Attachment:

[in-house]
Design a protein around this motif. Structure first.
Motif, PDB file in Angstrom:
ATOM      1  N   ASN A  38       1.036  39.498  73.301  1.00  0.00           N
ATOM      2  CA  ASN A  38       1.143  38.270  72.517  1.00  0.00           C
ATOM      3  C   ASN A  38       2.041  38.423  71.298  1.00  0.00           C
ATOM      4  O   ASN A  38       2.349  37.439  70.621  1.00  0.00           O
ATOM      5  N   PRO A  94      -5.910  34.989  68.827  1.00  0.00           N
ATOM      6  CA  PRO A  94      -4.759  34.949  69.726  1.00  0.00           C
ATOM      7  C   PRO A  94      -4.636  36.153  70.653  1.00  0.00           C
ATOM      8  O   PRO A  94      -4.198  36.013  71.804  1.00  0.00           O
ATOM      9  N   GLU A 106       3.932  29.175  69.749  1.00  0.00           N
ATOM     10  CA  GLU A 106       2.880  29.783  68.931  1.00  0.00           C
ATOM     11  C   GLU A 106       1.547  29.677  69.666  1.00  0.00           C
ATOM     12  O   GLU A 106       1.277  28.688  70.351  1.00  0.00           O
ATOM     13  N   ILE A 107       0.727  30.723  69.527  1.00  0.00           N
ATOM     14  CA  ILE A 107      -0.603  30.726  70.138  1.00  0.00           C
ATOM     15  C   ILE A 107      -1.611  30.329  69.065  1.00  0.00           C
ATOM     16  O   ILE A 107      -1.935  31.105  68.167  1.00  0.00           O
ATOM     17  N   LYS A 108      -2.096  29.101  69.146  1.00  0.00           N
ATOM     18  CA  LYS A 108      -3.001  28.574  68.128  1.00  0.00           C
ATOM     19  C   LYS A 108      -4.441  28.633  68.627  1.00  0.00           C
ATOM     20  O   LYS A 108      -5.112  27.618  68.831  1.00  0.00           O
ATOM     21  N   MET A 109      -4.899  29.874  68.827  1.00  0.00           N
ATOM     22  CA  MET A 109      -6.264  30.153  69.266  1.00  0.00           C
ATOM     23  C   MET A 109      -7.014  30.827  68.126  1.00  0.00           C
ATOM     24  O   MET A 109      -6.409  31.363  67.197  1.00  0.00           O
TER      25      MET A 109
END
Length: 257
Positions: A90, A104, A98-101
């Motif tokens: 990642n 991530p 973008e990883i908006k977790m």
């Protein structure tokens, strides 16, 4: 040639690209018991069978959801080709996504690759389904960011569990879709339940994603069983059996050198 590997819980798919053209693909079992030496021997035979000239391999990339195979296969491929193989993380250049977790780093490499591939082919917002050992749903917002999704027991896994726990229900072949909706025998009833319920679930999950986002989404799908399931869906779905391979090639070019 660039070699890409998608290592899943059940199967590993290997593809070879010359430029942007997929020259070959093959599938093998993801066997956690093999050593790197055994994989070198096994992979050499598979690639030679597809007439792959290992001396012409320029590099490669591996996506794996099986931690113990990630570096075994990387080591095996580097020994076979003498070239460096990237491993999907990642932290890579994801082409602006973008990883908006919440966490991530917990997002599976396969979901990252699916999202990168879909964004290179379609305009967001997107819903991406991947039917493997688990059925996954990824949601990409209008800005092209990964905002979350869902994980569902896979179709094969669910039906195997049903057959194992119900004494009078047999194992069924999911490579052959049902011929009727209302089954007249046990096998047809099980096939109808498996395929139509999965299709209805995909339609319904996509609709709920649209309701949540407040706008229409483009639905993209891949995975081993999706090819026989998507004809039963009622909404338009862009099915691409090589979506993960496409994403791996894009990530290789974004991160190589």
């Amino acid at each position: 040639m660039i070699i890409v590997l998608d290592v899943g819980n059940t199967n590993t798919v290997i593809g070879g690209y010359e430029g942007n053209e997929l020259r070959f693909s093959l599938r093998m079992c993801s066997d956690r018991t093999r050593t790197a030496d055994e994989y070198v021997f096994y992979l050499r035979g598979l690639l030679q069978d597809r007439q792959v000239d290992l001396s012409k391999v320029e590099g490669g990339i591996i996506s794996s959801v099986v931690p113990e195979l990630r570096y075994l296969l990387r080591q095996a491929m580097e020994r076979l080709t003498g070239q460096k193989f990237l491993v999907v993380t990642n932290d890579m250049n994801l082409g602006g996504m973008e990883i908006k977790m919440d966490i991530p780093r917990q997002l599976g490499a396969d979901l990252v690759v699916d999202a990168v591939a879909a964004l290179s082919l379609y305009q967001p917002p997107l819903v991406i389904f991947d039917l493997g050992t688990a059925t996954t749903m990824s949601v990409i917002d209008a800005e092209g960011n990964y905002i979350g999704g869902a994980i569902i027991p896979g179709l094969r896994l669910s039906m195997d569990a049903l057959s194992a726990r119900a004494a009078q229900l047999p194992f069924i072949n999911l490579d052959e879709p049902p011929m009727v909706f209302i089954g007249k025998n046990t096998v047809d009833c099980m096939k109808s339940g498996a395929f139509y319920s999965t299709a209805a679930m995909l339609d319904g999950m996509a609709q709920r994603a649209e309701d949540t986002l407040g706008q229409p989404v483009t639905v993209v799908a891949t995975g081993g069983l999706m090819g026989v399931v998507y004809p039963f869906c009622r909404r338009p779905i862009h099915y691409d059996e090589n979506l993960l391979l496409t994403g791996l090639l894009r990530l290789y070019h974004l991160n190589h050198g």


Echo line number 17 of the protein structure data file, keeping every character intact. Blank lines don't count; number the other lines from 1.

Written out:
ATOM     14  CA  ILE A 107      -0.603  30.726  70.138  1.00  0.00           C